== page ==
The Yahweh Foundation came in for high praise for the work its members and volunteers have been doing with not only the seniors but also the youths within communities across the island.
THA Chief Secretary Ancil Dennis visited the foundation recently at its new home in Signal Hill where he was taken on a tour of the premises, brought up to date on the NGO's recent distribution of electronic devices to its junior and senior participants, and given a demonstration of a live “ZOOMERANG” among Yahweh members.
In addressing the members, Dennis recalled when he first encountered the foundation in 2013 at its former home in the Buccoo Community Centre. He thanked the foundation for “inspiring many, across generations, in Tobago, in keeping with a mandate which is shared by the THA – to help young people flourish and the elderly to thrive.”
He said society will not move forward and develop unless there is constant and close collaboration between the government, the private sector and the voluntary sector.
Dennis said, “I want to even suggest that the role that you all play is particularly important and special to the people of Tobago. Because, of course, we’re talking about persons being part of an NGO, a voluntary sector and in many cases, you operate based on volunteerism which of course some persons may suggest is dying. Back in the older days, you had persons willing to devote their time and energy to the benefit of other persons, being their brother’s keeper – free of charge.”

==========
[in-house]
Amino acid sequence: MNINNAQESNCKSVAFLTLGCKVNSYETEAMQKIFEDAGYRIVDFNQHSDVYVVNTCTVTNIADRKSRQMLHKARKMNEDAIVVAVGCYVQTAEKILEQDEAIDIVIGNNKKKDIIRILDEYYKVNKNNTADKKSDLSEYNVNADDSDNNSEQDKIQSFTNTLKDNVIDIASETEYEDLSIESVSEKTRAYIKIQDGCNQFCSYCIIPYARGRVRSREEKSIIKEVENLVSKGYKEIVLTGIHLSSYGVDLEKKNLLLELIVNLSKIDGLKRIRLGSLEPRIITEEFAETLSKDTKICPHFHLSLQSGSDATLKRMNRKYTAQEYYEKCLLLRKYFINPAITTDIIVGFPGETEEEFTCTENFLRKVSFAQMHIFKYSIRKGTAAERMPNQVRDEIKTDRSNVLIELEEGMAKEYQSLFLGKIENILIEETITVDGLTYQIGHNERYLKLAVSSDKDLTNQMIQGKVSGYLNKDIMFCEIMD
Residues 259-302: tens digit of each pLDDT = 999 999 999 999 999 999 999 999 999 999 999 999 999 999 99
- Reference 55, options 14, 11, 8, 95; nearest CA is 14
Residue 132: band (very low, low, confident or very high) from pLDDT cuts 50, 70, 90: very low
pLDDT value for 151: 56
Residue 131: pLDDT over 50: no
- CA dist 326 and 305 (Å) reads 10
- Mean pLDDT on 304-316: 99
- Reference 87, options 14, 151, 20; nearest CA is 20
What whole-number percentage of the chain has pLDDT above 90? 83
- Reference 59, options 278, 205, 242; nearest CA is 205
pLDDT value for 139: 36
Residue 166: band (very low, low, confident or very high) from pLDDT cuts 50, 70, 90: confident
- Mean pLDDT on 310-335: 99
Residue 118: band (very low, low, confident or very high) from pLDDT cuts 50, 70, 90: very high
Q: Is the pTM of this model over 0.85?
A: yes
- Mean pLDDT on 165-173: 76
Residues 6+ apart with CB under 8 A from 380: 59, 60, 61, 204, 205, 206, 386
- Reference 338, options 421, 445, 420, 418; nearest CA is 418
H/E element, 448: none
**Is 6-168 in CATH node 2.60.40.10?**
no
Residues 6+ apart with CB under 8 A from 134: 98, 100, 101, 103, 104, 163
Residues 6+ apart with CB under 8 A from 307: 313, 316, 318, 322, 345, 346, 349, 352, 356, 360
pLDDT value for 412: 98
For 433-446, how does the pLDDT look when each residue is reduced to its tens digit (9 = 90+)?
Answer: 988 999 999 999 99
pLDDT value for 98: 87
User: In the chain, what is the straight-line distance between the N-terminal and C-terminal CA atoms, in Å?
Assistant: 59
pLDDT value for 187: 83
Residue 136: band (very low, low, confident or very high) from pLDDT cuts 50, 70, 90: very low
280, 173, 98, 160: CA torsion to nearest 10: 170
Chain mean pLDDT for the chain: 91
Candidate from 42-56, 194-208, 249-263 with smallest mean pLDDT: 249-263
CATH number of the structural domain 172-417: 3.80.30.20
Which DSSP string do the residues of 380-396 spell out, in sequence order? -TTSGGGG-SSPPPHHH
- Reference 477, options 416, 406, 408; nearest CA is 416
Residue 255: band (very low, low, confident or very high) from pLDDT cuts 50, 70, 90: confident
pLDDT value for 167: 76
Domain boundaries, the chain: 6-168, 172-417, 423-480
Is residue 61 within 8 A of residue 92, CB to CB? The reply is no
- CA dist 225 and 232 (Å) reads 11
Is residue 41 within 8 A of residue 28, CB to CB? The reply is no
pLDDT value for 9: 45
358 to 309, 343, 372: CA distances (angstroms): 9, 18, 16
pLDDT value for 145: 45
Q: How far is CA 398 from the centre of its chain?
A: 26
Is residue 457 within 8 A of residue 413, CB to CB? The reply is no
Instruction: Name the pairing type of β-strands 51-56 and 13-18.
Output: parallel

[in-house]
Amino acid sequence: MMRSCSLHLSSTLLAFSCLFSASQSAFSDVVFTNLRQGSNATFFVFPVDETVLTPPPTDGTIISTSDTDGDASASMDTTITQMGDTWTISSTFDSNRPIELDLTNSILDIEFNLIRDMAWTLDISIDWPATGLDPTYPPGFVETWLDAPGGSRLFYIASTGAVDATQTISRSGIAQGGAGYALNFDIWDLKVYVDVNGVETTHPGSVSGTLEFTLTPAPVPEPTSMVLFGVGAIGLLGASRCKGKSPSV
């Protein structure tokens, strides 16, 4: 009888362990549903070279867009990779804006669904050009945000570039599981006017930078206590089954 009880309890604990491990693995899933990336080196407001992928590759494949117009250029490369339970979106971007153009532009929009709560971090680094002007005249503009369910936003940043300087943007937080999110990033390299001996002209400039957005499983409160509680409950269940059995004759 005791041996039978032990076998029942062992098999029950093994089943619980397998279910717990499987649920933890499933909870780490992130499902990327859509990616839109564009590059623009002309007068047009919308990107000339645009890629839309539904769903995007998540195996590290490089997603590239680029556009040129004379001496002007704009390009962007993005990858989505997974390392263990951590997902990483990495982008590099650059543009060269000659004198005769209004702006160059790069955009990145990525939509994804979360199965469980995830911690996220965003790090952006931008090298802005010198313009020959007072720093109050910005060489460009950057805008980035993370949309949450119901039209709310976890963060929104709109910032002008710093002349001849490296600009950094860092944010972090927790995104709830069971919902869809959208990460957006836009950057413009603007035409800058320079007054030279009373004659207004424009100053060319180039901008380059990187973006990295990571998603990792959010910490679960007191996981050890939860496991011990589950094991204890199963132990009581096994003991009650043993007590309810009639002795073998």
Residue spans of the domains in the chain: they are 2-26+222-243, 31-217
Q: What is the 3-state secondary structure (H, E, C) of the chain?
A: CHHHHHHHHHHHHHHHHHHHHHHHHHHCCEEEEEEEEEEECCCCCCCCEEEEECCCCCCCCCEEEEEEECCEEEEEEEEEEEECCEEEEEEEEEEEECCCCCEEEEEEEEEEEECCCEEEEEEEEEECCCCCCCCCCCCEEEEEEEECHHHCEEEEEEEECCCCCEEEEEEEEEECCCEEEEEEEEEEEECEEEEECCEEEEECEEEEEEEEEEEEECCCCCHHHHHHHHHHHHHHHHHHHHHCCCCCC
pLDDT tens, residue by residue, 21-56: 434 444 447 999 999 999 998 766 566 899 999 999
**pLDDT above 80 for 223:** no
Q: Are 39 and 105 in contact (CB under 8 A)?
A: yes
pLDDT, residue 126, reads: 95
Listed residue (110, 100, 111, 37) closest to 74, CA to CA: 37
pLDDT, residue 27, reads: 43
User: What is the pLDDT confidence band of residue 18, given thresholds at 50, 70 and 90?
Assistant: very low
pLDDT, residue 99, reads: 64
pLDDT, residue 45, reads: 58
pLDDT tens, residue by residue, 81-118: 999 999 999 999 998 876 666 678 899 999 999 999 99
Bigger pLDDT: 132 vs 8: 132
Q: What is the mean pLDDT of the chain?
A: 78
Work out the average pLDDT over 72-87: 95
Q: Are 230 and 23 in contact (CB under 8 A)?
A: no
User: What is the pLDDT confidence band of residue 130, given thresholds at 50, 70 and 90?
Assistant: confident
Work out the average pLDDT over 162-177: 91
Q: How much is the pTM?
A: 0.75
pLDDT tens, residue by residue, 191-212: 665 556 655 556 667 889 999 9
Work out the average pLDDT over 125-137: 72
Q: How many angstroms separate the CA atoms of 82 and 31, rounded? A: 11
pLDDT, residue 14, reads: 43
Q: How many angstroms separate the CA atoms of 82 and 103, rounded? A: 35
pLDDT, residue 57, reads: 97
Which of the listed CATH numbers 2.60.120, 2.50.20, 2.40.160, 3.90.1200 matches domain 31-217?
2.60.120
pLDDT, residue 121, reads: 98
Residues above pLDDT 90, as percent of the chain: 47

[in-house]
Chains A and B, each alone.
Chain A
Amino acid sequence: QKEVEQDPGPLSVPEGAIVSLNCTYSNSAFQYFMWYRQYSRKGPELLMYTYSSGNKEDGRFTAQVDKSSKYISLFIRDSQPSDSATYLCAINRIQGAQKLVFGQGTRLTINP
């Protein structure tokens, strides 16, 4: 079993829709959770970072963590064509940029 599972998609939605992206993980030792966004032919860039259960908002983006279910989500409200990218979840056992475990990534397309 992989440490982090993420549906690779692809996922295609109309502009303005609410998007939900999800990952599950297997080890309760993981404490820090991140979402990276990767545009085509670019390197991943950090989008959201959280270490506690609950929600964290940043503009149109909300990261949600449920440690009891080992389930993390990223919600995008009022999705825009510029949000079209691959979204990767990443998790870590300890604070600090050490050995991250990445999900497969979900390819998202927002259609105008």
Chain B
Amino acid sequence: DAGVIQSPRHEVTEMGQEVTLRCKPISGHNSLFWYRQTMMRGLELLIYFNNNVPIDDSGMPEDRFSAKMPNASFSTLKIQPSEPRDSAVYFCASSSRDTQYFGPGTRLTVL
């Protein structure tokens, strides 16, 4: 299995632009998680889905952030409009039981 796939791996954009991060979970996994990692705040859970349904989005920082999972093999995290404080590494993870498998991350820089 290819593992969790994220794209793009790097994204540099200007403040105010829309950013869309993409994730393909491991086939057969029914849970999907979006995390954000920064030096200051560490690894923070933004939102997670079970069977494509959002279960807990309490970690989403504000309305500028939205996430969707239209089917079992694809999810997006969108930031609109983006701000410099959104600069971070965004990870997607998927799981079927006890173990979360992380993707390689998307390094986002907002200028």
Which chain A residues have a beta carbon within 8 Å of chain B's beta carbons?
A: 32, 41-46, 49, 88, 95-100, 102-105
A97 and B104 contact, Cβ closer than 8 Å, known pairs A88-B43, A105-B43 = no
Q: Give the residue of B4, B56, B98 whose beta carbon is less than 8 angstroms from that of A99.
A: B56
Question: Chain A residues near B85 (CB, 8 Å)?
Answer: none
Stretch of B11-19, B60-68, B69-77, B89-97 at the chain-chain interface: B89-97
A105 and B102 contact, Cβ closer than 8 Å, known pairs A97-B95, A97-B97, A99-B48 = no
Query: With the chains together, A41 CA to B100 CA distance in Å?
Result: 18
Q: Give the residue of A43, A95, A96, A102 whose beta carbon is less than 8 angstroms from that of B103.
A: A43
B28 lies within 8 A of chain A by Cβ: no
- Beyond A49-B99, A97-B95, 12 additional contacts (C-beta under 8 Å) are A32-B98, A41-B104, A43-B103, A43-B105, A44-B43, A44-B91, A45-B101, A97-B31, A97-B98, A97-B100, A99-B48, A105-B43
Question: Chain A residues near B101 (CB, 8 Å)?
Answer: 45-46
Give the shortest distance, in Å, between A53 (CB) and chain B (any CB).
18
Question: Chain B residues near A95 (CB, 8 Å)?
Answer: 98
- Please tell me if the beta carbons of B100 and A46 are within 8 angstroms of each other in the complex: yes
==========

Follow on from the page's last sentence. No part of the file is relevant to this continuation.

He added: “In this day and age, it is becoming a bit more difficult to attract that kind of involvement from people. I’m saying, the fact that you still have Yahweh Foundation continuing to operate in the same kind of vigour or even increased vigour and increased vibrancy, and even with increased participation and support, I think that says a lot about this entity, its strength, the commitment of its people, the commitment of its leadership and the fact that you all have been able to gain the respect and attract the support of not only the THA, but I’m sure private sector entities.”
He had some words of encouragement for the volunteers.
“Continue doing what you’re doing and of course, make an effort and endeavour to do it a little better each day.”
Speaking with Newsday, the foundation’s founder and president Penelope Camps said the aim of the organisation is to bring to life the concept of "being our brother’s keeper" by being of service to the vulnerable, enhancing their opportunities to experience and enjoy a sense of family as well as to encourage the building of inter-generational relationships that are mutually enriching.
Camps said, “The foundation started in 2012. The foundation is really about lending support on a community level to people who were very isolated – the most underserved in the communities – and we found that those were the very young, the children, and the very old.”
She said the foundation began conducting programmes for both.
“A homework centre that involved holistic development: art and craft and environmental care and education, sports, literacy and homework support for children between six and 12.
“For the elderly, they came and we developed programming that included sharing stories, sharing history but also involving body, mind and spirit things, so they would become very involved in music, singing and dancing' we did a sit-down form of exercise and so on. It was enrichment that kept people connected and involved and engaged in life as they got older.”
She said a few years later, they began engaging teens as “we felt that there was a very high rate of school delinquency and social emotional problems.”
She said now, the foundation is in a digitisation phase, keeping connected through devices. As the foundation celebrates nine years in May, she is comfortable that the mission has been realised.